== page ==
• Spirit 13%

So they’re certainly profitable.

The Canadian market can be tough, for instance in the second Quarter Air Canada had a 5% margin and WestJet a -2% margin. Not every lower cost carrier makes money all the time.

But what about making money on $0 fares? Tough but not out of the question. They aren’t selling all the seats on the plane for $0. These are a limited number of seats and for an airline that is running a flight with some empty seats it’s not actually bad business.

  • The marginal cost of an airline seat is close to zero. There’s almost all fixed costs for flying a plane.
  • Once that plane is going to take off, the costs pretty much are what they are. And once that plane takes off there is never going to be a chance to sell that seat on that flight again.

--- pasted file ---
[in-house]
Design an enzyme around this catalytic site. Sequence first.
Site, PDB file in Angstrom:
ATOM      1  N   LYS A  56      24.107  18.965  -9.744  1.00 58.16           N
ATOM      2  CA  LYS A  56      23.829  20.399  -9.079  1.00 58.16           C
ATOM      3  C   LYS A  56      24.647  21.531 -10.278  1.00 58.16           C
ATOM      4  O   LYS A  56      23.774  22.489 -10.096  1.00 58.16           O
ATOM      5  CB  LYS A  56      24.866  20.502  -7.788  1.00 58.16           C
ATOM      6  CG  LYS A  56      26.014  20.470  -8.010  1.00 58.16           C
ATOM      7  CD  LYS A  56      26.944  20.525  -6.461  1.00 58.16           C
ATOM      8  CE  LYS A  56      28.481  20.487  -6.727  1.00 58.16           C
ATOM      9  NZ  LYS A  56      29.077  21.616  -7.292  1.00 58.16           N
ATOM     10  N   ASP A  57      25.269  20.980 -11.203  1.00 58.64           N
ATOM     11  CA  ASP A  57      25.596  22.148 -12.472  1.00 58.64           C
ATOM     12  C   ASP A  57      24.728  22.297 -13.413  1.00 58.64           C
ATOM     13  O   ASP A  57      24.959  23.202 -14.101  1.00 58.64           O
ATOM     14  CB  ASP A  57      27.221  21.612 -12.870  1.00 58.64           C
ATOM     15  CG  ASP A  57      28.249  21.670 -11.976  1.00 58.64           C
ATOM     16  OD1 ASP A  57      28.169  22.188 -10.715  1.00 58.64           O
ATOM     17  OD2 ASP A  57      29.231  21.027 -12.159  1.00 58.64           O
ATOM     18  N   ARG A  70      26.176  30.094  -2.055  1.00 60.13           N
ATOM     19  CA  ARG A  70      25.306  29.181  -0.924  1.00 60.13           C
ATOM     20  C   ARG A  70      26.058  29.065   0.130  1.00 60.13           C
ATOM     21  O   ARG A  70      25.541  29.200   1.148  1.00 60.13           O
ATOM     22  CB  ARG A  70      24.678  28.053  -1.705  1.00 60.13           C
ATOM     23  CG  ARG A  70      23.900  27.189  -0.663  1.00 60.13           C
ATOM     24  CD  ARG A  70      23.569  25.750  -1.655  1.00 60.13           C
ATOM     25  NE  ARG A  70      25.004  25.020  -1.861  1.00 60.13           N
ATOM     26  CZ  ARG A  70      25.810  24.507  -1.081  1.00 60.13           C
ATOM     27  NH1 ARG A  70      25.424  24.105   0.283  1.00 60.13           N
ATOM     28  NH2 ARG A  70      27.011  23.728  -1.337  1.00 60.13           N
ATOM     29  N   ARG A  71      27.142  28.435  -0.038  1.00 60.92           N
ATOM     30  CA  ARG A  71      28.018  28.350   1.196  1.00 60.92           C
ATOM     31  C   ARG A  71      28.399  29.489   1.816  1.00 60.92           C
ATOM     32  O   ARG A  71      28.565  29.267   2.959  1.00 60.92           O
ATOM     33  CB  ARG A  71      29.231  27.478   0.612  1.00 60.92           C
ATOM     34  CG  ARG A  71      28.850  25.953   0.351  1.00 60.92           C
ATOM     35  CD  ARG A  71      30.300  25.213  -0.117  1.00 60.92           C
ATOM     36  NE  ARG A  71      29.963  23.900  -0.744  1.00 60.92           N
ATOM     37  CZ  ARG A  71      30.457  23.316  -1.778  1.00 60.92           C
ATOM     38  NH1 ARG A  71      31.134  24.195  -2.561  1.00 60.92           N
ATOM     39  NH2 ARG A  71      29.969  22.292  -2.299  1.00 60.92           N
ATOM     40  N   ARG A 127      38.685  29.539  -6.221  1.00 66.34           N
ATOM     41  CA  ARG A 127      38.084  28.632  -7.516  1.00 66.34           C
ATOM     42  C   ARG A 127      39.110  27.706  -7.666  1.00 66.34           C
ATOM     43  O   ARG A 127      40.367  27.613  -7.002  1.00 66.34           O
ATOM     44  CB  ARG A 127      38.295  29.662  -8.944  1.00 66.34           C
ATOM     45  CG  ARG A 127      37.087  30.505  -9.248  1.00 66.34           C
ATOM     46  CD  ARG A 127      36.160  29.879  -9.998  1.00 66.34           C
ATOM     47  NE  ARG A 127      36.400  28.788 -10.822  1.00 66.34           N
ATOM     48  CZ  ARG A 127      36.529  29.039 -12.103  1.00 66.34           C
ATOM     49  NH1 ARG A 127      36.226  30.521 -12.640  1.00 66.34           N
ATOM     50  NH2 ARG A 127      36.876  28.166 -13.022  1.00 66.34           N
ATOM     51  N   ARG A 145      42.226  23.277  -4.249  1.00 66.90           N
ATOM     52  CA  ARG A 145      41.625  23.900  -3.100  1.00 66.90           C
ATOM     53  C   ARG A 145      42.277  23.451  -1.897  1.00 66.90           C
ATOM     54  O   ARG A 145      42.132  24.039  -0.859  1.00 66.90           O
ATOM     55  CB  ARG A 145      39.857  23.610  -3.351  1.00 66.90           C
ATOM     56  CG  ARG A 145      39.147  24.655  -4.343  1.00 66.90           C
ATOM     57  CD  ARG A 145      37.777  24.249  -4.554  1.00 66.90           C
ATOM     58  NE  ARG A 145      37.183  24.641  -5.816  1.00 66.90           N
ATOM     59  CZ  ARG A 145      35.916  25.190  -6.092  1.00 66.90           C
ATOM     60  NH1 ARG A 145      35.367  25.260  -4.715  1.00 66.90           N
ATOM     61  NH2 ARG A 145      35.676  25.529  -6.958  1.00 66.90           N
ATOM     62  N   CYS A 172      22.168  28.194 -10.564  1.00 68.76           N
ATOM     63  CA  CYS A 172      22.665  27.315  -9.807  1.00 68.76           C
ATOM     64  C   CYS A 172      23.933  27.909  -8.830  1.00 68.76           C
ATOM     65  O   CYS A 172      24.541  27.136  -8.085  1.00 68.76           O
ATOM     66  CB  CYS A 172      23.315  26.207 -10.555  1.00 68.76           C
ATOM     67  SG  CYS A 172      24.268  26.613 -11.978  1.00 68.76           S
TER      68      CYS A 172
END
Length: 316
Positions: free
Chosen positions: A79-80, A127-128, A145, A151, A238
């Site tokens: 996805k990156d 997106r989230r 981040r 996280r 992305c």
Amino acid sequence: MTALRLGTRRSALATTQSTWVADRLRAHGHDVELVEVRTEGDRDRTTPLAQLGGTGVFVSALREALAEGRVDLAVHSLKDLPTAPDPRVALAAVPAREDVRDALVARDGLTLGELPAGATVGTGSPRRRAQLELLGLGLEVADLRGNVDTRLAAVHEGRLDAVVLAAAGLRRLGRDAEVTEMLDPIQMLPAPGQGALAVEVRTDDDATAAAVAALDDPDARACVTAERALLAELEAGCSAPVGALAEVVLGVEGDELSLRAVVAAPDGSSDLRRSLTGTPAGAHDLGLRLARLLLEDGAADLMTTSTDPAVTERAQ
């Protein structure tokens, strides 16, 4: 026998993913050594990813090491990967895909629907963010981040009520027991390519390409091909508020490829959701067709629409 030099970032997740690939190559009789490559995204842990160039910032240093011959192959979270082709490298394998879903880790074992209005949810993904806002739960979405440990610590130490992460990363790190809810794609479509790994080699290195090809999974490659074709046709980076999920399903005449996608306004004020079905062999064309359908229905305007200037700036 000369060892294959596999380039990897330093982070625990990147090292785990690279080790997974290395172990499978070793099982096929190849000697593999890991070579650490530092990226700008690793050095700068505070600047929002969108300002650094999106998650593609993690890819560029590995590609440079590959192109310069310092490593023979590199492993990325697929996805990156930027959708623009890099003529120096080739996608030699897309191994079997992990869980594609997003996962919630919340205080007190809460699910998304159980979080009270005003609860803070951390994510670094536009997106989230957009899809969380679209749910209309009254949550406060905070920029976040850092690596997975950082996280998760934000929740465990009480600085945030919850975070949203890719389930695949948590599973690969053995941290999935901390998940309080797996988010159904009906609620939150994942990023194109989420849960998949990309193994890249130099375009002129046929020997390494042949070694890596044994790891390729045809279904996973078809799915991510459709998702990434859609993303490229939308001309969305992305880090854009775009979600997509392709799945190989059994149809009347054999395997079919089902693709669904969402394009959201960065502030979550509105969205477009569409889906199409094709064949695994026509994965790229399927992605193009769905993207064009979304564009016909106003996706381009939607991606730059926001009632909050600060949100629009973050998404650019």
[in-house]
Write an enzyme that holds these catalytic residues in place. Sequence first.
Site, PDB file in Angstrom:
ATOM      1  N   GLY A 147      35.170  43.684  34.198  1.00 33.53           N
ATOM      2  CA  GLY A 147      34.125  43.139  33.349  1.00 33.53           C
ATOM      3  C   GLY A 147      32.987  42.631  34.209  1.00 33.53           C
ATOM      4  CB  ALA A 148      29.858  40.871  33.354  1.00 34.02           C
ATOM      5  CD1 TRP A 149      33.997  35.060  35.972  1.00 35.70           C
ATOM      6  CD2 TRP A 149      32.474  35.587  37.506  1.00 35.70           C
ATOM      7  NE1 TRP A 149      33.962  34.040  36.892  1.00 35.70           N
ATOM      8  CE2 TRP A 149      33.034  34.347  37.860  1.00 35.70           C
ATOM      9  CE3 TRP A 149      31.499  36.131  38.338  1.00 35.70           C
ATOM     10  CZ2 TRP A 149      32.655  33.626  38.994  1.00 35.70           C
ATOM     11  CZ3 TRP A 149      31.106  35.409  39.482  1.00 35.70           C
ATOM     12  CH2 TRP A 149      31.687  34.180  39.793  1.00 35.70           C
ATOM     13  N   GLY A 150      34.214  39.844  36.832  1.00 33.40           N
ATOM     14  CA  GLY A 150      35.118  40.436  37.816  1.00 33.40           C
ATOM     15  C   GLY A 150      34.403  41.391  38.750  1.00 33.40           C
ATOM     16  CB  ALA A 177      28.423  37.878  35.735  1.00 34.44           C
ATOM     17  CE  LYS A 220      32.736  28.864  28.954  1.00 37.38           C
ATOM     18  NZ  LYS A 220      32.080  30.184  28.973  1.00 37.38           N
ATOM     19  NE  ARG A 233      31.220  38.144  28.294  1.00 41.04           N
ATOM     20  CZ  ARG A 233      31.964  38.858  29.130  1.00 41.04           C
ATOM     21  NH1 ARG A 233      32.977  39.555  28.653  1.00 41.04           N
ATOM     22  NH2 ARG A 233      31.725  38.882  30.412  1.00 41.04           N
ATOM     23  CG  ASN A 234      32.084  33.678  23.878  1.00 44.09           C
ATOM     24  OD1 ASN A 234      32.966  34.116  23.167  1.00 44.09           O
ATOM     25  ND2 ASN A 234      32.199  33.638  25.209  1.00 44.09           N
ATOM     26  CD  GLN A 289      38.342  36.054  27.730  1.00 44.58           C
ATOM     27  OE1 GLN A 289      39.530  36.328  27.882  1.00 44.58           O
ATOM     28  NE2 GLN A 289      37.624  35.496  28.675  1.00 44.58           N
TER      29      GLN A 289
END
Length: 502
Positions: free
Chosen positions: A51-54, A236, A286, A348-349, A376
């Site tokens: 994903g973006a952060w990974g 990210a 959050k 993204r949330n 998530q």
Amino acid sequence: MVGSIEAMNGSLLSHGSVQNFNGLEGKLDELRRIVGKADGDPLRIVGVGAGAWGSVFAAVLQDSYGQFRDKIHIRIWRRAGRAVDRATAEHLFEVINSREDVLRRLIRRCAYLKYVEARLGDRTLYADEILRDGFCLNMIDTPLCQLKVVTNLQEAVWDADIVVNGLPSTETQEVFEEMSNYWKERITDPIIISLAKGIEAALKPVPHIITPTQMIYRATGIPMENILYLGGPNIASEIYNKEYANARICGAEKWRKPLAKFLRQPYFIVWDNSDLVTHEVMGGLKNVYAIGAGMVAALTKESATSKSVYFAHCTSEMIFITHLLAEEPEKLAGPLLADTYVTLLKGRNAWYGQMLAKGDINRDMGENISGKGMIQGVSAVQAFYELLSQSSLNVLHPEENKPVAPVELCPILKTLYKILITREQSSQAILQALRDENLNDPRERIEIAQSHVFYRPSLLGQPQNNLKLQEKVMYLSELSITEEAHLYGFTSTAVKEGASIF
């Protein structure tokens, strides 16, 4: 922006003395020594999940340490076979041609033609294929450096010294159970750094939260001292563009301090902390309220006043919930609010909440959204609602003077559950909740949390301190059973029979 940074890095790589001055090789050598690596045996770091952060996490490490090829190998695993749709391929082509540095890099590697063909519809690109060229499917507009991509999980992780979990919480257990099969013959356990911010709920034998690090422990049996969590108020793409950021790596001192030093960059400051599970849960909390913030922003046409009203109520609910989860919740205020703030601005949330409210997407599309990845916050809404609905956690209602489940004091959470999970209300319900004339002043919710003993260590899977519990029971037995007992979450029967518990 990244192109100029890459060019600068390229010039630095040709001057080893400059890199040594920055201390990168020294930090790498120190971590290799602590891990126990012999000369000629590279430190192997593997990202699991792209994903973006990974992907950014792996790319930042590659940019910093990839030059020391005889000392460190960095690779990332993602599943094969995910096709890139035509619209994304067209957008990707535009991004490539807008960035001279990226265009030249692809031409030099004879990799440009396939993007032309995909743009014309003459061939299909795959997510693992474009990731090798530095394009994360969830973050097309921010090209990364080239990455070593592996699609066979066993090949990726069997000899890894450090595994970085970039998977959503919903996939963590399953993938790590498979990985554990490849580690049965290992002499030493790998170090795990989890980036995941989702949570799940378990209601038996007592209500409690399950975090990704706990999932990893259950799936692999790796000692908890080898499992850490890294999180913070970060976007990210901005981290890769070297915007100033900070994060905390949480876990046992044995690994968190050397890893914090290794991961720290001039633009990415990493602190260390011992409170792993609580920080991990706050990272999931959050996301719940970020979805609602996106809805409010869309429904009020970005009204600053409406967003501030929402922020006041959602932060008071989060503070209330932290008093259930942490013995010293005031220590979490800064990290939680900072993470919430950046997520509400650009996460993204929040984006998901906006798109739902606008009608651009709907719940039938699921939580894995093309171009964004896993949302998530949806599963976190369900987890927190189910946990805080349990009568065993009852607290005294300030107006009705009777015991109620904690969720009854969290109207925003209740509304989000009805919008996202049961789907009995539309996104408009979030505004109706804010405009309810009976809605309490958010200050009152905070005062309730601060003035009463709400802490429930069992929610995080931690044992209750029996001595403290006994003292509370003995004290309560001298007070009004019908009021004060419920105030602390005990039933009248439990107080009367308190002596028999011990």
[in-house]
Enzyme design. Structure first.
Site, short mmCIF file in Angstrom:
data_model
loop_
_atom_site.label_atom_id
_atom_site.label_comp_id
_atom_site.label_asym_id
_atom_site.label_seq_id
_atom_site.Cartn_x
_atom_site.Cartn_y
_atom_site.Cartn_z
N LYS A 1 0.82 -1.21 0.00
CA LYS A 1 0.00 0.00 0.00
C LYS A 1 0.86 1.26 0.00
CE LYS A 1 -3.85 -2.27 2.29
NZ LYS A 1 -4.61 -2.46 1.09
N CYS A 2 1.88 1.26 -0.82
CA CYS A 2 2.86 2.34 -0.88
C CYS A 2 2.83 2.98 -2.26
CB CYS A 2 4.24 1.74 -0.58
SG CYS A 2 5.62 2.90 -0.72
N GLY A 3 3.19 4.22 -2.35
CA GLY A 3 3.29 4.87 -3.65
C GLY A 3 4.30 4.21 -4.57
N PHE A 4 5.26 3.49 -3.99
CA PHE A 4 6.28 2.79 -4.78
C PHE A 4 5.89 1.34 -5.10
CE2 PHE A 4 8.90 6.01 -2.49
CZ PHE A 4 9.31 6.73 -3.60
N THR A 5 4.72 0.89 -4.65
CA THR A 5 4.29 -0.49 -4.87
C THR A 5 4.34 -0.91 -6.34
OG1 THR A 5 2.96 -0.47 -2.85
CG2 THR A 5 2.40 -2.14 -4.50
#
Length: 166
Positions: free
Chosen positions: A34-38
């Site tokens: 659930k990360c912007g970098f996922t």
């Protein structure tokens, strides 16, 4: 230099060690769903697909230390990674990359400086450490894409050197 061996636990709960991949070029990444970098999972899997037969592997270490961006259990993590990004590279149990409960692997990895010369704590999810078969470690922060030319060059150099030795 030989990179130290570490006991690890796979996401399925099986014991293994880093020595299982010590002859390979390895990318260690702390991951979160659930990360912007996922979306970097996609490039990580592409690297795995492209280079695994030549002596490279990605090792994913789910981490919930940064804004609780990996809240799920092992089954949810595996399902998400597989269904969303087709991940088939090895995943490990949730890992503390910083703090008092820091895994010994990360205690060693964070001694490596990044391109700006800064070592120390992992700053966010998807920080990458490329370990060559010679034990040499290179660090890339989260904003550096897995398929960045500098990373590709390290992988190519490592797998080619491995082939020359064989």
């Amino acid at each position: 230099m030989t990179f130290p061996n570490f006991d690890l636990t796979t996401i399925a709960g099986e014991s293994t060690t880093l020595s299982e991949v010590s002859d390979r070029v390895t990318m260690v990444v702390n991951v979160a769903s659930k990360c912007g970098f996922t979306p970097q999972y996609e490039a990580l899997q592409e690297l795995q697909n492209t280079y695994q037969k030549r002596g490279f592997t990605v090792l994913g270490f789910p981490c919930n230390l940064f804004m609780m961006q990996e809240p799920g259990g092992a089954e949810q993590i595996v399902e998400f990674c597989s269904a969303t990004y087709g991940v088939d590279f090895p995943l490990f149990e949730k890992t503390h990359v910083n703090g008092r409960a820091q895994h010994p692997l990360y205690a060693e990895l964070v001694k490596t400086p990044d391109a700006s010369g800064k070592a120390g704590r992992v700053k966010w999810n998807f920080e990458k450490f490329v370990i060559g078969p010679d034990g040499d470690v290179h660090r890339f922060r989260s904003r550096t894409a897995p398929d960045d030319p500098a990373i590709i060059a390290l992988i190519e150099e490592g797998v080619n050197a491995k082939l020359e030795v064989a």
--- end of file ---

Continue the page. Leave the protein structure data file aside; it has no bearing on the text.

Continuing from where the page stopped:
• So airlines take what they can get for spoiling inventory.

It’s not that different from Las Vegas hotels. They’ll drive the price of the room down as low as necessary to fill up a hotel if they’re making money on ancillary revenue (gaming, shows, clubs).

Plus there’s great PR value in $0 base fares, especially if there aren’t many of those seats being offered. The deals get reported. The airline builds brand awareness, consumers think of the airline as offering cheap fares.

Whenever Ryanair’s Michael O’Leary hasn’t been in the news awhile he spouts off about making passengers stand, eliminating windows from planes, or charging to use the lavatory. He gets attention and underscores that ‘this is the airline that will do anything for a cheap flight’.

About Gary Leff